New Delhi: Thawarchand Gehlot, the Union minister of social justice and empowerment and Bharatiya Janata Party’s (BJP) prominent Dalit face, created ripples Tuesday when he managed something rare — expressed open disagreement with the decision of a chief minister from his own party.
Gehlot, the BJP’s leader in Rajya Sabha, said Chief Minister Yogi Adityanath-led government’s decision last month to include 17 OBC communities in Uttar Pradesh in the Scheduled Castes (SC) list was “not proper”.
After the matter was raised in the Upper House by Bahujan Samaj Party (BSP) MP Satish Chandra Misra during the Zero Hour, Gehlot said the UP government’s decision was not in accordance with the Constitution.
As he asked the BJP government in Uttar Pradesh to follow the proper procedure, Gehlot seemed to indicate that political affiliations and niceties were less important than due process in decision making and the interests of the Scheduled Castes.
This is perhaps also Gehlot’s way of holding his own, especially considering his otherwise low-profile, non-controversial and soft-spoken image.
Who is Thawarchand Gehlot?
Born in a small village in Madhya Pradesh’s Ujjain, the politician, now 71, graduated from Vikram University in his home district.
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Perhaps what makes Gehlot among the party’s most ‘grounded’ ministers is his background of having worked as a labourer. As per his profile on his ministry’s website, he had “worked as a labour in Grasim Industries” during 1965-70, as a treasurer in Grasim Engineering Shramik Sangh and as the secretary of the Bharatiya Mazdoor Sangh-affiliated Chemical Shramik Sangh from 1967-75.
Gehlot was also a part of various labour movements in Ujjain and imprisoned during the Congress government-imposed Emergency in 1975.
Gehlot’s biggest political moment came when he was inducted into the Modi cabinet in 2014. He happens to be one of the few ministers who have retained their portfolio in the second Modi government, which perhaps is a stamp of approval on his work and disposition by the BJP’s top leadership.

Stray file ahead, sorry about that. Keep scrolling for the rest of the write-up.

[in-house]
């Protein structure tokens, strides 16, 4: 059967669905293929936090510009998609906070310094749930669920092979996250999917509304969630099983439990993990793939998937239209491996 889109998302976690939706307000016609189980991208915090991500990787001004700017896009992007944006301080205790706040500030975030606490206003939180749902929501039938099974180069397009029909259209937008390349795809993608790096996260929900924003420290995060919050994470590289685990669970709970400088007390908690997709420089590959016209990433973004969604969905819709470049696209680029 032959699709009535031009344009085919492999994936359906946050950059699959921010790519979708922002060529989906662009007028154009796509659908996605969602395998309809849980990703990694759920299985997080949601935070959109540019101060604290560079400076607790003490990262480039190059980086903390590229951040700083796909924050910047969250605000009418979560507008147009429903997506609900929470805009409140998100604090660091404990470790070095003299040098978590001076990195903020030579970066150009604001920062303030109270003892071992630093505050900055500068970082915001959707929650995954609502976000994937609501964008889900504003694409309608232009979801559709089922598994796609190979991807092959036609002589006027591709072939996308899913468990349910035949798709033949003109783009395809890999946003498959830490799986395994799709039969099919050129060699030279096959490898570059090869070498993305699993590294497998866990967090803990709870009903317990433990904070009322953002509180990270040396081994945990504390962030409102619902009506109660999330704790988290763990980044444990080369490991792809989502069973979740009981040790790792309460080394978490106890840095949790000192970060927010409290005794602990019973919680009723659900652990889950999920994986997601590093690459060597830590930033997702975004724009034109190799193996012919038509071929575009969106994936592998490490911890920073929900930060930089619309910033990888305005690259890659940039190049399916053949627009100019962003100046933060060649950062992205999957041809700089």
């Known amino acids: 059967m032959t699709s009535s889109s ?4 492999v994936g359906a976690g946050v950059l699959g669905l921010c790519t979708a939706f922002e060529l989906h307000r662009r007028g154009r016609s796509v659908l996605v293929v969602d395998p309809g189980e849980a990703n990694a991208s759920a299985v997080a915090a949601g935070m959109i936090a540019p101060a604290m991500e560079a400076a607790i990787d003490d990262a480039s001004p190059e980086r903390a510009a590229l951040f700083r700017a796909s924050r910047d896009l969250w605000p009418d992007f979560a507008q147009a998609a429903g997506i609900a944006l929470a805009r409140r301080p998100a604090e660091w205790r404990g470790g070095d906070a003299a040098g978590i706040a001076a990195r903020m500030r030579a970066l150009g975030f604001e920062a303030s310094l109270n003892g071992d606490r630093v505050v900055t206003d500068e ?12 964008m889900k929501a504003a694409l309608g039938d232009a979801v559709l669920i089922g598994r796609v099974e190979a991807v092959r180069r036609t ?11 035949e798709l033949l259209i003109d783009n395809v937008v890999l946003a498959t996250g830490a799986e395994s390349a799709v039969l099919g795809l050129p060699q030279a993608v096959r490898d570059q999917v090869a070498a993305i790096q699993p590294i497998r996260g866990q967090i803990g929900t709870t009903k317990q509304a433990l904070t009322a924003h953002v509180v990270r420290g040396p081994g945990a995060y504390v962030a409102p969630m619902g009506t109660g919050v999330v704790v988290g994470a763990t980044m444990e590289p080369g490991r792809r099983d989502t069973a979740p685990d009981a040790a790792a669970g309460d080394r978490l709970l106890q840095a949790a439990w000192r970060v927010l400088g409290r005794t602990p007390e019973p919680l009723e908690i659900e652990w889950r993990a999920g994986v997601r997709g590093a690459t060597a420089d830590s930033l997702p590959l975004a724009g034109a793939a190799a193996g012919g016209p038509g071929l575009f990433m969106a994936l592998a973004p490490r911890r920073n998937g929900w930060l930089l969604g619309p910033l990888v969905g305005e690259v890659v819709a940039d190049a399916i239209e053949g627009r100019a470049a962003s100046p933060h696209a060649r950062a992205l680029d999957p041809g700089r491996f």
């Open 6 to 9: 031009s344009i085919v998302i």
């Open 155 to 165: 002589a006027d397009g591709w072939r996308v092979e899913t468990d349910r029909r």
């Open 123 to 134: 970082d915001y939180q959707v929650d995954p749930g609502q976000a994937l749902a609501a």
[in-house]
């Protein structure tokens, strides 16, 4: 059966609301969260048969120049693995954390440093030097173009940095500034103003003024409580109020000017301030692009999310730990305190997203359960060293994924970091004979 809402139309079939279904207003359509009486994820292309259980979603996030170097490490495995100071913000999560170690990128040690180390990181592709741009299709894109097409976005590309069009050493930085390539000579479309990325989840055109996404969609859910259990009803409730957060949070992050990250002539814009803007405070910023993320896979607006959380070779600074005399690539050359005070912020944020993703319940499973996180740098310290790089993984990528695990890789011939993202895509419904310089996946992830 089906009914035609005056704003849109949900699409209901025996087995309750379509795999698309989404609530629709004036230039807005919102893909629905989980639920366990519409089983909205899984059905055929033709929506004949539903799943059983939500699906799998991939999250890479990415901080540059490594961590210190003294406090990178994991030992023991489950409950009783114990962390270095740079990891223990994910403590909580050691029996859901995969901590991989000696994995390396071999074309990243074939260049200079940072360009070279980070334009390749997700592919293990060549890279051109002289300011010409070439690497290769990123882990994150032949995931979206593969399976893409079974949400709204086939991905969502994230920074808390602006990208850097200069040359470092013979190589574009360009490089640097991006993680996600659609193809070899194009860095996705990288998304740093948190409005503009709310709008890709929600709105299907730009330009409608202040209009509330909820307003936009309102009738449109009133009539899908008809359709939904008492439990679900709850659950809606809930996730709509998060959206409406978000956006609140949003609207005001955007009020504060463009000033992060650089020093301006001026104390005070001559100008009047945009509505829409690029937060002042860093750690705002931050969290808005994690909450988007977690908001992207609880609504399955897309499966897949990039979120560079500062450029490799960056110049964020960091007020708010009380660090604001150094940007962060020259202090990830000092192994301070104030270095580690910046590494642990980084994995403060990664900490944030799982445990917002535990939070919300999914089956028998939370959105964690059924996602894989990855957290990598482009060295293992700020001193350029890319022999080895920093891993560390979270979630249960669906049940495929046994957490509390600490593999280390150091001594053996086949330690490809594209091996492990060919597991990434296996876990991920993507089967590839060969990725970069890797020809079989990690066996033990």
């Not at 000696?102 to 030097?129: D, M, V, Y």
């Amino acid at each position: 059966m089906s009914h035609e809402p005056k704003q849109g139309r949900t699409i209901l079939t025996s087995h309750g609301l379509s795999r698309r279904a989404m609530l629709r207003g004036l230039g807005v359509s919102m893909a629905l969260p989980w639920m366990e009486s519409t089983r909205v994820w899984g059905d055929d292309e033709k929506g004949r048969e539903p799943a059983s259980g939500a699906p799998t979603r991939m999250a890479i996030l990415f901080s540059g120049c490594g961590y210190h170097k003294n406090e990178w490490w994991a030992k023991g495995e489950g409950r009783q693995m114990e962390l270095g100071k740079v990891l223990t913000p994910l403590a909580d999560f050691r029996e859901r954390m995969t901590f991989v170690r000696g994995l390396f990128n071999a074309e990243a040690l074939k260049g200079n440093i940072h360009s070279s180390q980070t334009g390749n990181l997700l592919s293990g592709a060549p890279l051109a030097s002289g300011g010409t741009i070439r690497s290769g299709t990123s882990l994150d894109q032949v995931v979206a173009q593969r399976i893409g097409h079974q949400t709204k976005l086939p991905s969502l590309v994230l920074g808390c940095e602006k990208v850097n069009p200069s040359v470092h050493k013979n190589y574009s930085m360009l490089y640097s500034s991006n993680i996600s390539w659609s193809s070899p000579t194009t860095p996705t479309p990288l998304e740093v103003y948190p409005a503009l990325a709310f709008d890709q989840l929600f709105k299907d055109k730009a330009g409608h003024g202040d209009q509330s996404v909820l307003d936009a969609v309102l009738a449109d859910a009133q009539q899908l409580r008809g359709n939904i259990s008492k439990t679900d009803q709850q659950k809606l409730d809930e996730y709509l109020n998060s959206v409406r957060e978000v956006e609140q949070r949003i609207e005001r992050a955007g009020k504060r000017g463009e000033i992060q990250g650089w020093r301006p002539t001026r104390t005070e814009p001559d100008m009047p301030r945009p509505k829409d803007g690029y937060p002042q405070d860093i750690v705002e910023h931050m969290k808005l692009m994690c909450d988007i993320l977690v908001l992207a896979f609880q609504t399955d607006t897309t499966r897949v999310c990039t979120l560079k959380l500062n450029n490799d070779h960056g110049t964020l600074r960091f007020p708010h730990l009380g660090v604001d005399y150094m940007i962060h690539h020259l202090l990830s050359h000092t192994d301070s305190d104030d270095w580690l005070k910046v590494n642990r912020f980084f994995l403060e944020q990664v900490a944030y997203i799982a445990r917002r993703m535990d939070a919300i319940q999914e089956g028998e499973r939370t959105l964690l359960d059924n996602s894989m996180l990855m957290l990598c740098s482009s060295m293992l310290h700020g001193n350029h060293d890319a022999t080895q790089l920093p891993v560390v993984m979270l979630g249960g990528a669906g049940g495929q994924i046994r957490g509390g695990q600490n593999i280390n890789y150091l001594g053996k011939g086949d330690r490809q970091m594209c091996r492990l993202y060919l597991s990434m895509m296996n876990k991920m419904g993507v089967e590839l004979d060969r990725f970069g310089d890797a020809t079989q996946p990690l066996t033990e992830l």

An old-school politician
Gehlot is an old BJP hand, a seasoned politician who has even served as a member of the BJP’s precursor — the Bharatiya Jan Sangh — from 1962-77, and then as the vice-president and general secretary of the Janata Party in Ujjain district.
In the mid-1980s, when the BJP’s presence in Parliament was limited to just two seats in the Lok Sabha, Gehlot was a key office-bearer of the BJP Yuva Morcha, before graduating to serving as the party president in Ratlam district for two years from 1986.
He has held several positions since 1986 — from national secretary of the party in Madhya Pradesh to its national vice-president, national general secretary, member of the Parliamentary Board and Central Election Committee, and now a two-time cabinet minister.
An old-school politician, Gehlot is every bit a grassroots Sangh leader — having joined the Rashtriya Swayamsevak Sangh (RSS) way back in 1962 and going on to hold various positions in it.
A three-term MLA in Madhya Pradesh, four-time Lok Sabha and two-time Rajya Sabha MP, Gehlot has fairly extensive legislative experience.
The ‘low-key’ leader
If there is one thing that has defined Gehlot’s political ride, it is his image of being a low-profile, non-controversial and grounded leader.
According to sources in the BJP, it is this very image of being “low-key, diligent, hardworking and, most importantly, obedient” that makes Gehlot enjoy Prime Minister Narendra Modi’s confidence.
As a minister, Gehlot was initially known to keep the media at bay, uncomfortable with too much limelight or overt prominence. However, it isn’t as if his earlier tenure as minister was entirely smooth.
The government’s decision to amend the Scheduled Caste and Scheduled Tribe (Prevention of Atrocities) Act to restore provisions that had been diluted by the Supreme Court became a sore point, generating much controversy and inviting the ire of the upper castes — traditionally the BJP’s strength. With the issue concerned his ministry, Gehlot was drawn into the wrangle.
To assuage the resentful upper castes, the Modi government went on to bring in a 10 per cent quota for the poor in the general category. Gehlot’s department — the nodal ministry — had been, however, in the dark for a long time.
In a written reply given in the Lok Sabha by the social justice and empowerment ministry on 8 January this year, it denied there was any proposal to provide reservation to the economically backward sections in the general category. Ironically, this reply came a day after the Union cabinet had already approved the proposal.
Gehlot had later defended the Modi government’s move, claiming this aimed to empower the poor and was not for electoral gains.
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